By Christiana Figueres
Brussels – In early 2015, the European Union became the first major economy to set a post-2020 target for limiting
This week, the EU has an opportunity to take up the banner of climate leadership once again. EU leaders are currently discussing the bloc’s approach to the United Nations Climate Action Summit this September, which UN Secretary-General António Guterres hopes will serve as a political launchpad for a new round of commitments to cut GHG emissions.
The European Council must get the ball rolling, by adopting the 55% reduction target that the European Parliament endorsed in March. This is a time for bold action, not incrementalism. Recognizing that the initial targets fell well short of what was needed, the Paris agreement requires participating countries to revisit their earlier commitments every five years. Governments have committed to strengthening their targets to reflect their “highest possible ambition,” and the first such revision is due by 2020.
According to the UN, around 80 countries have already indicated that they will ramp up their climate commitments at this year’s summit. Recent announcements by the United Kingdom, Japan, New Zealand, Chile, Finland, and Costa Rica show that these governments have heard the call. And China and India, two of the world’s largest and fastest-growing economies, have confirmed that they are ahead of schedule in meeting their initial targets, which suggests they could deepen their commitments over the coming year. The EU must seize the moment and take advantage of emerging opportunities to decarbonize the global economy even faster.
The scientific consensus on climate change underscores the danger of complacency. Global average temperatures are already 1ºC higher than in the pre-industrial
As the Intergovernmental Panel on Climate Change (IPCC) has made clear, economic growth in a world that is 2ºC warmer will be much slower than in one that is 1.5ºC warmer. And it should go without saying that the impact of rising sea levels, raging forest fires, acidifying oceans, and extreme weather will be more severe, more regular, and far costlier.
The IPCC finds
For its part, the EU is working on a plan to achieve net-zero emissions by 2050. But while long-term decarbonization strategies are welcome, they are no substitute for short-term measures, and they should not be considered a panacea for global warming. Timing is everything, and without a transformational effort to halve global emissions by 2030, we will not be able to count on a safe future.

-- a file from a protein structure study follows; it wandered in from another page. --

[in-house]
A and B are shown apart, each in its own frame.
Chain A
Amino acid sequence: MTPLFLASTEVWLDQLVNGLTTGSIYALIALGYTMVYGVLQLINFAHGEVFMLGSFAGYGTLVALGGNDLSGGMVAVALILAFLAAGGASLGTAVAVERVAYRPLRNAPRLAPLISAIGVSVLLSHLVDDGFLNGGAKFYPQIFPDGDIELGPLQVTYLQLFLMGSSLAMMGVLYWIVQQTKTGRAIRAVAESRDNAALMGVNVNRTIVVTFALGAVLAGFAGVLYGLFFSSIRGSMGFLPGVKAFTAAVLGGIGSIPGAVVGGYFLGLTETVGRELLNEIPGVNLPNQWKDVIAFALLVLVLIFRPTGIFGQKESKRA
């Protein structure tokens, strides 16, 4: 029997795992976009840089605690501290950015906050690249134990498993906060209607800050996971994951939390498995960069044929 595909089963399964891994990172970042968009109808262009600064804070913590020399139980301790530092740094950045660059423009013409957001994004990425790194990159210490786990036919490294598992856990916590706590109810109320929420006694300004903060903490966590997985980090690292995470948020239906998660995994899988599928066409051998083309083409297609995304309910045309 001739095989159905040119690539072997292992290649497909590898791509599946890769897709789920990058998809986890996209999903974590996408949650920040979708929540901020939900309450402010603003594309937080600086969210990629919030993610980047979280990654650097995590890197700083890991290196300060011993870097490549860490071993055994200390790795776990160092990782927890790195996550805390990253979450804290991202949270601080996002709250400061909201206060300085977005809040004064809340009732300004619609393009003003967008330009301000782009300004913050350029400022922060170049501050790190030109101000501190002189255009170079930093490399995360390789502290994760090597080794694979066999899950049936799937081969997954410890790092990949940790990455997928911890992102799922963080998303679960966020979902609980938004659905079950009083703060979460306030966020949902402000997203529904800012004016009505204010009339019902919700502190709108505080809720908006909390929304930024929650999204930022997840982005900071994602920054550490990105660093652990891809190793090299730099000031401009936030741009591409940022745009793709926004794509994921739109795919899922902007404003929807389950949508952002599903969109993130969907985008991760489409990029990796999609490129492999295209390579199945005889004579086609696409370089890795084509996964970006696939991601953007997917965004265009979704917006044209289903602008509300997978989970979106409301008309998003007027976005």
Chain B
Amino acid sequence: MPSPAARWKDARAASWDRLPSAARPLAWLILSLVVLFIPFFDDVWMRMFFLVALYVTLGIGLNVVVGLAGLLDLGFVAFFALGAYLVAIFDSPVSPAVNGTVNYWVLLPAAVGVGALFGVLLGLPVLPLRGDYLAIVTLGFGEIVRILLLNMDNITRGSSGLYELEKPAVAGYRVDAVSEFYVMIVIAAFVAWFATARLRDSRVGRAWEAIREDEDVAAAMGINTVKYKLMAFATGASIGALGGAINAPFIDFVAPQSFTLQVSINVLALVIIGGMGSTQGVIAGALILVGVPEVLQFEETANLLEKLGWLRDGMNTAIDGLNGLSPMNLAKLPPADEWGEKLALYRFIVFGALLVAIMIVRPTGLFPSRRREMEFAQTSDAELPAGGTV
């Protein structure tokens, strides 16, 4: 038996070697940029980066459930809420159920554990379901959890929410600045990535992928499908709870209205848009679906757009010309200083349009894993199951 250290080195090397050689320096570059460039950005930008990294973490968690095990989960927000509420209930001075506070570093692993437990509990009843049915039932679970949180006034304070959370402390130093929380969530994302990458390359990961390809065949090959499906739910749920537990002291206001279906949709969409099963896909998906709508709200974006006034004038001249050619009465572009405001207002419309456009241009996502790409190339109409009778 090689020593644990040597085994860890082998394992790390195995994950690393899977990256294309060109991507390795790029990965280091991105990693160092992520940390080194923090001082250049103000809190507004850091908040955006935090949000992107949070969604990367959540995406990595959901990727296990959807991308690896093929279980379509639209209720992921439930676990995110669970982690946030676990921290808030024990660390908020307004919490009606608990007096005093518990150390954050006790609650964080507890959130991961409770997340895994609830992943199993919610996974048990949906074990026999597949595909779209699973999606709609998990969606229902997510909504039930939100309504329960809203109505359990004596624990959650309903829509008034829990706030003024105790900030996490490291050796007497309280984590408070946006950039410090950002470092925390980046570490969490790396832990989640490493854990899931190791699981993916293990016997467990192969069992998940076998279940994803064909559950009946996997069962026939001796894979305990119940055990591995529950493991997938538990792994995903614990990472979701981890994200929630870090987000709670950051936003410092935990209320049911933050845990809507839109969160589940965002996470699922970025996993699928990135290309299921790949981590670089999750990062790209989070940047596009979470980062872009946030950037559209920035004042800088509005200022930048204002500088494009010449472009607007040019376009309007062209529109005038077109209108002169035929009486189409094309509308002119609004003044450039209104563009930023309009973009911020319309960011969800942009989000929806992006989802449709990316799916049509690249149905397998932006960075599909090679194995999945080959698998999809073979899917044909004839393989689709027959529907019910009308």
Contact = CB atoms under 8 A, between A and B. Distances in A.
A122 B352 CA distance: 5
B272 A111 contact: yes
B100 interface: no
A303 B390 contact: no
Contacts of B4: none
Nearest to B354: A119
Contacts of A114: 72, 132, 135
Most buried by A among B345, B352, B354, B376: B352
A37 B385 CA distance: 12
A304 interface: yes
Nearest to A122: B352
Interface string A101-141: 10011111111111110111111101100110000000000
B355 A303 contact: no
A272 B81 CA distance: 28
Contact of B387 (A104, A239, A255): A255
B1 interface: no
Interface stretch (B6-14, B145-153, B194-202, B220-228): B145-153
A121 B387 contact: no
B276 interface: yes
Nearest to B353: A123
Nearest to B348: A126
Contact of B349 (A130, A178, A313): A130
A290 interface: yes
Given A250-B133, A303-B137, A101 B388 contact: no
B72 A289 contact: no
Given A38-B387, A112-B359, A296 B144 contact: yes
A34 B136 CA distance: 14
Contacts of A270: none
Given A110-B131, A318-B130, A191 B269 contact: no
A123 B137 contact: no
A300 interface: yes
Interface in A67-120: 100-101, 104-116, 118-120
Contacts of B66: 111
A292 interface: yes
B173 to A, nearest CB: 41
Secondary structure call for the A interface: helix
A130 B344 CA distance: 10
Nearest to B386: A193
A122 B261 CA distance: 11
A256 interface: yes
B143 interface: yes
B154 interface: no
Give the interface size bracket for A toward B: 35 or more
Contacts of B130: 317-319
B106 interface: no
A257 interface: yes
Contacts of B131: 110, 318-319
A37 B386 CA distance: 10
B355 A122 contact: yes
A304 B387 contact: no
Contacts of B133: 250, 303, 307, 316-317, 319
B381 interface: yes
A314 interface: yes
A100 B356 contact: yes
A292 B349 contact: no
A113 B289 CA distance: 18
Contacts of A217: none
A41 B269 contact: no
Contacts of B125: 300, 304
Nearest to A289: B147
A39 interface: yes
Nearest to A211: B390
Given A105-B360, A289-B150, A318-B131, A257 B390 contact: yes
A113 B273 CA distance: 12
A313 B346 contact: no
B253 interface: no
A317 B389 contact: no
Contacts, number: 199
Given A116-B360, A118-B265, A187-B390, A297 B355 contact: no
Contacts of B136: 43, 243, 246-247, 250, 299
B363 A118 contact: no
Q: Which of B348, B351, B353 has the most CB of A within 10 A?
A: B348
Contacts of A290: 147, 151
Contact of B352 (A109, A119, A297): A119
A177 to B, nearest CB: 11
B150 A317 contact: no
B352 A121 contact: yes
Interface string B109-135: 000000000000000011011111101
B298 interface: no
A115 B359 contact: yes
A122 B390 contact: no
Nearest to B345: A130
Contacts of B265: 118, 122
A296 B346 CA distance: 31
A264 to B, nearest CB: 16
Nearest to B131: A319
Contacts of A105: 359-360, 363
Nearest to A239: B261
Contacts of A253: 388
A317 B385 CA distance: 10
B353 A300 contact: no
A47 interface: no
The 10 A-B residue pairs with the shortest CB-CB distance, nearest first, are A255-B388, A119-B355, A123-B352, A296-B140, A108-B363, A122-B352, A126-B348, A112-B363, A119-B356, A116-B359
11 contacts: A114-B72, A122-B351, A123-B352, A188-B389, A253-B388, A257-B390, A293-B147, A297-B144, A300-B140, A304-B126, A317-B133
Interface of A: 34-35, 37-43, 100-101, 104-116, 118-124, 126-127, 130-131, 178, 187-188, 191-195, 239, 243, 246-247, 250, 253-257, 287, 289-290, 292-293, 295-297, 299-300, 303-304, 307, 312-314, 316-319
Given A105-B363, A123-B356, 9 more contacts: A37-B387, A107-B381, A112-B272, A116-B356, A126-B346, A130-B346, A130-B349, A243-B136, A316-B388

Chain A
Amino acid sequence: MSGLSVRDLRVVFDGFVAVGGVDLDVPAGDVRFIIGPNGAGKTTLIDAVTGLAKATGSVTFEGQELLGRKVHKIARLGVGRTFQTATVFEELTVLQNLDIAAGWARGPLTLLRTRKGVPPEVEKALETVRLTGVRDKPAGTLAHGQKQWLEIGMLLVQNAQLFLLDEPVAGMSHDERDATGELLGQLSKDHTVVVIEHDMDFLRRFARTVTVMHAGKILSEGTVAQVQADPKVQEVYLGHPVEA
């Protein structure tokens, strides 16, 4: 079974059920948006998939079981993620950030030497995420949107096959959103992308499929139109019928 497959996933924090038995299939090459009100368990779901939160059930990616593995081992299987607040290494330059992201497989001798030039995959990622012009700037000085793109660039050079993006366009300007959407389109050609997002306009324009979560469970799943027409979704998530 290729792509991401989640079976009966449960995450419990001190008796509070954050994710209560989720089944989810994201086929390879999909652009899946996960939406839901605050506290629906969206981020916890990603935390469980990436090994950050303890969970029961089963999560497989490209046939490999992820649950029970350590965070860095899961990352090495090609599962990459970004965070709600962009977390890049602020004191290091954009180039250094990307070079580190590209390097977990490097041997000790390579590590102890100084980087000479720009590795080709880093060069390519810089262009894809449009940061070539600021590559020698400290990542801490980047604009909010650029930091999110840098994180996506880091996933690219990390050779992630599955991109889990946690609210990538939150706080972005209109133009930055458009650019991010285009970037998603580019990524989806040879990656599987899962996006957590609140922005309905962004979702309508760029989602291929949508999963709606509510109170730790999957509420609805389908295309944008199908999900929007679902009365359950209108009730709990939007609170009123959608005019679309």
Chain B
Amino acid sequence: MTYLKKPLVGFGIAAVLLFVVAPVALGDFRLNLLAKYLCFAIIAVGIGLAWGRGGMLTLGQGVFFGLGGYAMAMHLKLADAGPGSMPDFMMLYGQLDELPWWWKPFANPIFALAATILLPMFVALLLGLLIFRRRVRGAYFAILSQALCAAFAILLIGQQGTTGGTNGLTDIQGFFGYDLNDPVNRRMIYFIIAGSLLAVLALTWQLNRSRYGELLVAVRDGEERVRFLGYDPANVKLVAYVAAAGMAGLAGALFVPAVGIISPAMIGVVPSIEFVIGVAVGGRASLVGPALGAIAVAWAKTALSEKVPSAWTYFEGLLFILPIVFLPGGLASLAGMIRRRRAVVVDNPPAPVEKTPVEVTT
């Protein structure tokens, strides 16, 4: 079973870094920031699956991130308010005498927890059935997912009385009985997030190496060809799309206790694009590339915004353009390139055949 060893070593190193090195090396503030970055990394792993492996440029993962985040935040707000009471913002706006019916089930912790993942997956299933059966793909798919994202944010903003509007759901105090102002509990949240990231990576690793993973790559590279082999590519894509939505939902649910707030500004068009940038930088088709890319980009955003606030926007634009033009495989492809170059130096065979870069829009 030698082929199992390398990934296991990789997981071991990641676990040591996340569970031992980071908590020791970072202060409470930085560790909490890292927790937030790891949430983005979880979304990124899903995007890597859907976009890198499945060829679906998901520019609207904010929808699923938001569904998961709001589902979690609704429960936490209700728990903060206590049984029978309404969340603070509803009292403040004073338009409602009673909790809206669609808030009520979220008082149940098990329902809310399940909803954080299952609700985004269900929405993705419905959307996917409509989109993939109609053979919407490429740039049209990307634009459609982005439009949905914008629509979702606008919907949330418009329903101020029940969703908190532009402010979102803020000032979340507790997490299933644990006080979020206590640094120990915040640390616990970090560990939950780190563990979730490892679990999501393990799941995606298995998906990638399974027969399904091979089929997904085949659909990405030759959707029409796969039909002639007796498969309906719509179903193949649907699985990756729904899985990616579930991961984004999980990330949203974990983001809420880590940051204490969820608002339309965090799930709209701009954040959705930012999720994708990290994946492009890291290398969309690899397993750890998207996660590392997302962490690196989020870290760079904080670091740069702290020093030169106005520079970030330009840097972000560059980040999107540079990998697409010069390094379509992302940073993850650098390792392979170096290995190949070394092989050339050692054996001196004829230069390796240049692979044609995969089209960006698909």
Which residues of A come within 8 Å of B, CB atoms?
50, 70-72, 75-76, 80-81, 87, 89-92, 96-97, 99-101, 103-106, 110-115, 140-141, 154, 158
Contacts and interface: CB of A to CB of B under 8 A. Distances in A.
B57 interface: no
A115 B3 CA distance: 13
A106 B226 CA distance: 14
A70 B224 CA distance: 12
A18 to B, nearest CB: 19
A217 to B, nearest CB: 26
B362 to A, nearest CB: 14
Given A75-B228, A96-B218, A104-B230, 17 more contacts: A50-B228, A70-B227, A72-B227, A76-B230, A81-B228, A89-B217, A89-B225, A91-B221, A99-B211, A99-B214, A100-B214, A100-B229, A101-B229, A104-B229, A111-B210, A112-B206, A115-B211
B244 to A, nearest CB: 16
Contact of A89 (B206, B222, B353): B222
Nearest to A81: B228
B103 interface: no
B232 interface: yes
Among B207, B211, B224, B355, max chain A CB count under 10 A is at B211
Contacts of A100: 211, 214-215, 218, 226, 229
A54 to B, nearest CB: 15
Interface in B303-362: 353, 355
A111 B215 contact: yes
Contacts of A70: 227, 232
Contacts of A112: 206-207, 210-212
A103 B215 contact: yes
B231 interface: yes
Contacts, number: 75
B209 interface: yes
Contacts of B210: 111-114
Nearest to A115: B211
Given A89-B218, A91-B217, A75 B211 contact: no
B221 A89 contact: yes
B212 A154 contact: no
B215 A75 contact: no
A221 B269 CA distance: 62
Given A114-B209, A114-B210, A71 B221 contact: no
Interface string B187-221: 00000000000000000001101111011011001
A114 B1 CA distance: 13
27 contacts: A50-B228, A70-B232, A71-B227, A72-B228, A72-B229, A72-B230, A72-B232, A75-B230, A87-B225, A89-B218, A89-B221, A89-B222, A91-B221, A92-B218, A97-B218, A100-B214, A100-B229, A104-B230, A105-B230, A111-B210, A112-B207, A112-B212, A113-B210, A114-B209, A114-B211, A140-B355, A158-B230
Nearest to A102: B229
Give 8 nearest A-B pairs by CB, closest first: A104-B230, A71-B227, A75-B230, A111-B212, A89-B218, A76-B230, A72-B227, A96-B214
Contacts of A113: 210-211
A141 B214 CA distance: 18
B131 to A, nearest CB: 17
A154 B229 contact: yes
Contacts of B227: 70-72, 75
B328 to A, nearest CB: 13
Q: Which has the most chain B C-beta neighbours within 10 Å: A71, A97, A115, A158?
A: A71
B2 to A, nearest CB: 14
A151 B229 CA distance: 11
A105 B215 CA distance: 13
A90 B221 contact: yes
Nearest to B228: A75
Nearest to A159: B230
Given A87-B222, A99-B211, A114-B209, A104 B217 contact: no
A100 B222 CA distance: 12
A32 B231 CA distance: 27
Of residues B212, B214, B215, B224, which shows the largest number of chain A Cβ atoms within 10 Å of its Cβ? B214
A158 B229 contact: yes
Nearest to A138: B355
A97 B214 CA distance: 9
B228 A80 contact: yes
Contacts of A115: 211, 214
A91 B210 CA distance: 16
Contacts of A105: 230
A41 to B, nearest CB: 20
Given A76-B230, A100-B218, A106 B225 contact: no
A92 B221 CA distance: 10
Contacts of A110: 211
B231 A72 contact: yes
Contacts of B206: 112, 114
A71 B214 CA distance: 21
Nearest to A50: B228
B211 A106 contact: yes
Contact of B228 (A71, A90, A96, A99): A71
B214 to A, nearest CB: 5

Fortunately, the EU is well positioned to lead the way. New renewable-energy and efficiency targets established last year have put the bloc on track to reduce emissions by 45% by 2030, compared to its 2015 target of 40%. Better yet, there is strong evidence that the EU could go even further. A recent report by Climate Action Tracker finds that bigger cuts in GHG emissions from the EU’s electricity sector, residential buildings, and passenger road and rail transport systems would reduce total emissions by 52% by 2030.
It is important to remember that pursuing even more ambitious emissions cuts would not imply an additional burden. On the contrary, it would provide a pathway for economic renewal, improved quality of life, and reduced energy poverty, which currently afflicts 50-125 million Europeans. According to the Climate Action Tracker report, emissions reductions in line with a 1.5˚C warming target would create 350,000 more jobs by 2030, particularly in the wind- and
We could not have secured the Paris climate agreement in 2015 without the EU’s leadership in setting early, ambitious targets and in helping to bridge diplomatic differences. Now, it’s crunch time, which means that Europe must rise to the occasion once again.
(Christiana Figueres, former executive secretary of the UN Framework Convention on Climate Change, is Convenor of the global climate initiative Mission 2020.)
Copyright: Project Syndicate, 2019. www.project-syndicate.org
By Christiana Figueres